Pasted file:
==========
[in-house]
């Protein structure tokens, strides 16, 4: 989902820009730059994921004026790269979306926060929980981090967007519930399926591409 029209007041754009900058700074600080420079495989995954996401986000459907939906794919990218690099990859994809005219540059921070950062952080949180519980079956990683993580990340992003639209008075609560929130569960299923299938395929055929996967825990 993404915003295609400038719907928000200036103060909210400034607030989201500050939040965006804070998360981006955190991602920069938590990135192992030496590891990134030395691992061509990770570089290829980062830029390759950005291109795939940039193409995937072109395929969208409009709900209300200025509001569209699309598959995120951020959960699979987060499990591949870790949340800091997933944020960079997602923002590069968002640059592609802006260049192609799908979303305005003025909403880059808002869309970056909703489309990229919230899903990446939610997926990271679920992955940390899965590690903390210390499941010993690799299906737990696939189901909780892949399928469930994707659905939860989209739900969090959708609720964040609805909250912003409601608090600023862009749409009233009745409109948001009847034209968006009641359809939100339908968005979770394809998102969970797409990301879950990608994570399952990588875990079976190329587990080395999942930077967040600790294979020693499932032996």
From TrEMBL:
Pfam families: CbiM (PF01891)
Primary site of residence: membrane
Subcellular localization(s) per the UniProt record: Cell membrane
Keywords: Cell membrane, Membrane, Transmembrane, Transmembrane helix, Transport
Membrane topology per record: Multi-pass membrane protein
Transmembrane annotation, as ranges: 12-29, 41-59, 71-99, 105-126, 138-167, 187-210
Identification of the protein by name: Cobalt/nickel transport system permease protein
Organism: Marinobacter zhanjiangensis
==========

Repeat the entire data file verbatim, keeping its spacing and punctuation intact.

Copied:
[in-house]
């Protein structure tokens, strides 16, 4: 989902820009730059994921004026790269979306926060929980981090967007519930399926591409 029209007041754009900058700074600080420079495989995954996401986000459907939906794919990218690099990859994809005219540059921070950062952080949180519980079956990683993580990340992003639209008075609560929130569960299923299938395929055929996967825990 993404915003295609400038719907928000200036103060909210400034607030989201500050939040965006804070998360981006955190991602920069938590990135192992030496590891990134030395691992061509990770570089290829980062830029390759950005291109795939940039193409995937072109395929969208409009709900209300200025509001569209699309598959995120951020959960699979987060499990591949870790949340800091997933944020960079997602923002590069968002640059592609802006260049192609799908979303305005003025909403880059808002869309970056909703489309990229919230899903990446939610997926990271679920992955940390899965590690903390210390499941010993690799299906737990696939189901909780892949399928469930994707659905939860989209739900969090959708609720964040609805909250912003409601608090600023862009749409009233009745409109948001009847034209968006009641359809939100339908968005979770394809998102969970797409990301879950990608994570399952990588875990079976190329587990080395999942930077967040600790294979020693499932032996």
From TrEMBL:
Pfam families: CbiM (PF01891)
Primary site of residence: membrane
Subcellular localization(s) per the UniProt record: Cell membrane
Keywords: Cell membrane, Membrane, Transmembrane, Transmembrane helix, Transport
Membrane topology per record: Multi-pass membrane protein
Transmembrane annotation, as ranges: 12-29, 41-59, 71-99, 105-126, 138-167, 187-210
Identification of the protein by name: Cobalt/nickel transport system permease protein
Organism: Marinobacter zhanjiangensis